Red Sox’s AL East Problems Making Division Ascent Tough To Accomplish

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It?s hard to climb a ladder when each step up precedes two steps down.

Welcome to the life and times of the 2015 Boston Red Sox, who continue to stare up at the rest of the American League East in large because of their inability to make headway in divisional games. The Red Sox are 12-24 against AL East teams after suffering a 4-1 loss Saturday to the Tampa Bay Rays at Tropicana Field. Boston is 4-16 in its last 20 divisional contests.

Tough way to live, right?

The Red Sox are in the midst of a seven-game stretch against divisional opponents, as they?ll face the Toronto Blue Jays for four games starting Monday after wrapping things up with the Rays on Sunday afternoon. They?ll also host the New York Yankees for three games leading into the All-Star break after six home games against the Houston Astros (three games) and Miami Marlins (two games) following their trip north of the border.

The Red Sox are nine games behind the first-place Rays and Boston is the only team in the division with a record under .500. Clearly, this swing marks a golden opportunity for the last-place Red Sox to make up ground, but there needs to be a sense of urgency if the season is to be salvaged.

Unfortunately for Boston, that sense of urgency seems to come and go. The Red Sox overcame some familiar troubles and fought their way to a 4-3, extra-inning win in Friday?s series opener against the Rays, offering some hope for a team that had been 4-9 at The Trop since the beginning of last season before the weekend set. But Boston?s bats — a strength in recent weeks — went eerily silent Saturday.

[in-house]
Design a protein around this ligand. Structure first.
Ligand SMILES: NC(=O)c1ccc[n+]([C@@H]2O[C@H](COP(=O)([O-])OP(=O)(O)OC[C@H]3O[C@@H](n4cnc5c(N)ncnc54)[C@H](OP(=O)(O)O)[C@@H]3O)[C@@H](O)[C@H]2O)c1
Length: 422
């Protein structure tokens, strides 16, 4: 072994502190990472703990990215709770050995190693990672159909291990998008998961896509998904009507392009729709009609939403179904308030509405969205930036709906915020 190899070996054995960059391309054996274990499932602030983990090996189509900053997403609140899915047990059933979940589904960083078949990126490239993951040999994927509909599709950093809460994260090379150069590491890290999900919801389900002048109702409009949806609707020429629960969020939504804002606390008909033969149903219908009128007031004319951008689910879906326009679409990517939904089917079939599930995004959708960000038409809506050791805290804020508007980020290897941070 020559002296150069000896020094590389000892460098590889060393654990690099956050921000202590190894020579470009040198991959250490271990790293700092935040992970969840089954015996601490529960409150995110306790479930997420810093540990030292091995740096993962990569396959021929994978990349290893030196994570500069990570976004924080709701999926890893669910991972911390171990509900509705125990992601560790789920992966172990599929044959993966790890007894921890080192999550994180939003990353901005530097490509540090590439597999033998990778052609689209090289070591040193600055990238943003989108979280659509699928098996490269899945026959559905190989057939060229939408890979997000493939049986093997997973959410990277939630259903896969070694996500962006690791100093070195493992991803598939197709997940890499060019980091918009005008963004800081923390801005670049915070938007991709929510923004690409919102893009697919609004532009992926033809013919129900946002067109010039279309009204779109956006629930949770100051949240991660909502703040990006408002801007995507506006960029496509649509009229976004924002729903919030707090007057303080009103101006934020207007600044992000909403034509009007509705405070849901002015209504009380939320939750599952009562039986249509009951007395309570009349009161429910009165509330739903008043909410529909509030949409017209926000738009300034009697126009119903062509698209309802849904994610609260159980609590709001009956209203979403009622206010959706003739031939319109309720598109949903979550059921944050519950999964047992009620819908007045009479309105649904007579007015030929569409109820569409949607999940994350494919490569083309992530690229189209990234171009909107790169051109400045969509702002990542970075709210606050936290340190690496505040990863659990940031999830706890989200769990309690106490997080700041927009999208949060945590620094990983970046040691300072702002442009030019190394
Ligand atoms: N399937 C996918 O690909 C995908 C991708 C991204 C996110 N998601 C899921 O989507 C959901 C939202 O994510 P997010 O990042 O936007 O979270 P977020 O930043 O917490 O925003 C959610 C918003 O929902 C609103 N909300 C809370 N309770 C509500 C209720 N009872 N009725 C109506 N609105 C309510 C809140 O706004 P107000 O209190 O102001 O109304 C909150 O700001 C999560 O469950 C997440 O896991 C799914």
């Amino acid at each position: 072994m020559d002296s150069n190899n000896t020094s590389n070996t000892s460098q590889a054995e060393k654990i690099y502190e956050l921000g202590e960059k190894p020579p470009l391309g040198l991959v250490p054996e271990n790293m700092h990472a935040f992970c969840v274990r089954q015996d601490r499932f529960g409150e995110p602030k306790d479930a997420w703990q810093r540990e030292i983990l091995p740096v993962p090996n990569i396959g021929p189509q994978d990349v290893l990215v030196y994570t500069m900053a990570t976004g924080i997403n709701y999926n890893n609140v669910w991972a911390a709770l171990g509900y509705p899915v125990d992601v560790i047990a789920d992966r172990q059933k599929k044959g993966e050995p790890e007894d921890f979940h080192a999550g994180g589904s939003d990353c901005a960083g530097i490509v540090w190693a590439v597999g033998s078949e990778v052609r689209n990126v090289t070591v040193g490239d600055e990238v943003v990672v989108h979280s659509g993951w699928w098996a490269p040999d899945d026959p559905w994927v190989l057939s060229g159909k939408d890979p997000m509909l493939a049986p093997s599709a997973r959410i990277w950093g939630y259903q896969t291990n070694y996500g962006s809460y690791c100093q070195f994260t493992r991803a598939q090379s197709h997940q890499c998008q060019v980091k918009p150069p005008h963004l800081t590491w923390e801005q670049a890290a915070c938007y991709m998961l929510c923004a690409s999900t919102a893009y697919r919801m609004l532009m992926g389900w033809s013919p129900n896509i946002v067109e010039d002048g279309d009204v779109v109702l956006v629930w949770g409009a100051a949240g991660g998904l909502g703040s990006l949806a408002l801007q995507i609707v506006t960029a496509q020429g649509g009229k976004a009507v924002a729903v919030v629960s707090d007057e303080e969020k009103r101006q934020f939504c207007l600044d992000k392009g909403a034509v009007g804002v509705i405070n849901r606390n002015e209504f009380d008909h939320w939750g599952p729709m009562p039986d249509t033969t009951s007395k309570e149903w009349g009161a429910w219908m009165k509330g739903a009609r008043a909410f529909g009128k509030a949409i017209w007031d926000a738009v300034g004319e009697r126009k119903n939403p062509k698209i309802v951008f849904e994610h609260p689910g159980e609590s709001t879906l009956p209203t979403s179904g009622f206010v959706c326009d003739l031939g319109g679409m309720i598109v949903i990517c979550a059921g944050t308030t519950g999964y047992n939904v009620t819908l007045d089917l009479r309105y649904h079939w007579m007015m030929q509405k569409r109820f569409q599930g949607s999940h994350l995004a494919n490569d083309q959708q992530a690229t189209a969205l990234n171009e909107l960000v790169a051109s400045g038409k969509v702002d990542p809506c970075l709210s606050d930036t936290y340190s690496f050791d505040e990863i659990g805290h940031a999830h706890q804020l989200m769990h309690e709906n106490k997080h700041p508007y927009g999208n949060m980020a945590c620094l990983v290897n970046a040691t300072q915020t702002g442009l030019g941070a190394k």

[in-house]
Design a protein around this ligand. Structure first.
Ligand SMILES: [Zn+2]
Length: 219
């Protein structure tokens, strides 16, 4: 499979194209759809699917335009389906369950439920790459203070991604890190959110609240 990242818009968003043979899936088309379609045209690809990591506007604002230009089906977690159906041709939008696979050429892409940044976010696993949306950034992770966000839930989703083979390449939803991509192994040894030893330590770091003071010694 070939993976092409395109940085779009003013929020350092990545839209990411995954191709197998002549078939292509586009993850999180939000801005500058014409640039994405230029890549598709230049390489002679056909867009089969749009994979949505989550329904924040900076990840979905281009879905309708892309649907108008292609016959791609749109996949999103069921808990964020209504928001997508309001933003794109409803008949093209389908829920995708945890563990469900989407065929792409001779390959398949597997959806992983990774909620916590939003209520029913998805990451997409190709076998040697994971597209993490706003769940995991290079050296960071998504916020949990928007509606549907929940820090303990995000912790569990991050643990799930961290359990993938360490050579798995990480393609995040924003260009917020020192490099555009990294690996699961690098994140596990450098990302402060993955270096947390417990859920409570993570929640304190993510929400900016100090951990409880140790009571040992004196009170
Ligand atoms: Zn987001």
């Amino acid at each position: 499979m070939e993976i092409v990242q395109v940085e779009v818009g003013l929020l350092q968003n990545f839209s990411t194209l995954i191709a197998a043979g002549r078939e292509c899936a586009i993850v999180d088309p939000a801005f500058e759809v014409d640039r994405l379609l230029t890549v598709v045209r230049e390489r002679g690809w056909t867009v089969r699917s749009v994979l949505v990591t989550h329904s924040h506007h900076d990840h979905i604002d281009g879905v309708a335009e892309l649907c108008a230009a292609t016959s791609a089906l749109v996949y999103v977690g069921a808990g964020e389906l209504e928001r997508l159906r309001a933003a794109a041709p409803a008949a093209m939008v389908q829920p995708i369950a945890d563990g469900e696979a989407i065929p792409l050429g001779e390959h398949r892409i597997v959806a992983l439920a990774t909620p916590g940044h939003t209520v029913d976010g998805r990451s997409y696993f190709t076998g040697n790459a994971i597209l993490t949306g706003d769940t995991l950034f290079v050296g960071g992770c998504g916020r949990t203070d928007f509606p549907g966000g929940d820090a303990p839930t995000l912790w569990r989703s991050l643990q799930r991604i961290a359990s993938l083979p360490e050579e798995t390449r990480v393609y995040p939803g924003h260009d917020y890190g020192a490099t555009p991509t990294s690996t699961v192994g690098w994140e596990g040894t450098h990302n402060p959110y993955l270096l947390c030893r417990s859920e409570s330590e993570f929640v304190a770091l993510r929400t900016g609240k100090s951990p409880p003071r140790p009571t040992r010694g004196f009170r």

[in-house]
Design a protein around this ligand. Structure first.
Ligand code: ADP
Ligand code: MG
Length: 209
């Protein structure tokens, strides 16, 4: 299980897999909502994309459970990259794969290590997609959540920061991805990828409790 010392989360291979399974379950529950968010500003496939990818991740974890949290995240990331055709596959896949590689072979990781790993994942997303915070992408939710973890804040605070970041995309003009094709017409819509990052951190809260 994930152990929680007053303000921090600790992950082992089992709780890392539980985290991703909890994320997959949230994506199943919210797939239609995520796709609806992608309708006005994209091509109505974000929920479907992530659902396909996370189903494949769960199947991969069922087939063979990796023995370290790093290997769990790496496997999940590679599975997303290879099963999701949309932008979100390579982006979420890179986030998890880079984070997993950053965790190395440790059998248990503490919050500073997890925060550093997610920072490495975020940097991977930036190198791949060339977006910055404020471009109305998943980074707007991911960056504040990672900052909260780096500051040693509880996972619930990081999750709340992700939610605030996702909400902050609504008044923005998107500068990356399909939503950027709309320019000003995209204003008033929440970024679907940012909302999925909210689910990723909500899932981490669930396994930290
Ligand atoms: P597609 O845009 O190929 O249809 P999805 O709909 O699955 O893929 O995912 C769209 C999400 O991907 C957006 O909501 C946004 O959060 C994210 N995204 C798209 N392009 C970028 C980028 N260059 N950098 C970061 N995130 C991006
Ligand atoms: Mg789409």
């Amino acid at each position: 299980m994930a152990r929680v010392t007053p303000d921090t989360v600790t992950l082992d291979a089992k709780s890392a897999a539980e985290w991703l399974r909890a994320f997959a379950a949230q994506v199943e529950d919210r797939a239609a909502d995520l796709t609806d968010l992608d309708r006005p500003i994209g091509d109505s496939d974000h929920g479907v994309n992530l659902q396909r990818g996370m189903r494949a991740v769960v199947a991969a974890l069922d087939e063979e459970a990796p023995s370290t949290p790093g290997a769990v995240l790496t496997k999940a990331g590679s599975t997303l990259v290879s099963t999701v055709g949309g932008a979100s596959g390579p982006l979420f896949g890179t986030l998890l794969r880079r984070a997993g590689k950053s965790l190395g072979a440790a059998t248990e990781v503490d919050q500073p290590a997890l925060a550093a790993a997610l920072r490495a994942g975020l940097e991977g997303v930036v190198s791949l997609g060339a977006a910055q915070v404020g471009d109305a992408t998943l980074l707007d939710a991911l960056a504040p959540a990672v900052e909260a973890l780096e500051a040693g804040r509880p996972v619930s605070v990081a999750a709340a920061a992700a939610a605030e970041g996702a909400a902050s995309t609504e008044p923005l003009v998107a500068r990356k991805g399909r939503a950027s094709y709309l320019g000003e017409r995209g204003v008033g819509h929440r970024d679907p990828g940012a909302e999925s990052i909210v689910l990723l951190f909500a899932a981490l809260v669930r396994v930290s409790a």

Rays starter Matt Andriese allowed only one hit over six shutout innings. Alejandro De Aza homered for the Red Sox in the eighth inning, but it was nothing more than a whimper, as Boston?s offense was limited to three hits in the contest. Wade Miley pitched well yet walked away the loser.

There?s always a chance the Red Sox could rattle off five straight wins starting with Sunday?s series finale in St. Petersburg, after which they might find themselves within striking distance following a three-month malaise. It?s just hard to have any confidence whatsoever in Boston?s ability to go on such a run.

For one, the Red Sox have been outscored 199-143 in divisional games this season, meaning they?ve given up an average of 5.53 runs per game while scoring an average of 3.97 runs per game. The discrepancy explains Boston?s minus-47 run differential — third-worst in the AL — and speaks to a bigger issue: the Red Sox might not be built for AL East competition.

The Blue Jays, Yankees and Baltimore Orioles each have a top-five offense, while the Red Sox?s offense has underachieved despite showing life of late. And the Rays, who rank below the Red Sox in terms of runs scored, have a top-five pitching staff — spearhead by a legitimate young ace (Chris Archer) — that can mitigate the advantage of a stacked offense on any given night.

In other words, while each of the other four teams has an identifiable strength, the Red Sox don?t right now, unless, of course, the offense can begin to meet expectations on a nightly basis rather than in spurts. Consistency obviously is the key.

Is the Red Sox?s season shot? It depends on who you ask. If they?re going to make a run, it needs to start with playing better within the division, which seems like a tall order at the moment.

The next few steps need to be upward, or else the Red Sox might fall off the ladder completely.

Thumbnail photo via Twitter/@OverTheMonster

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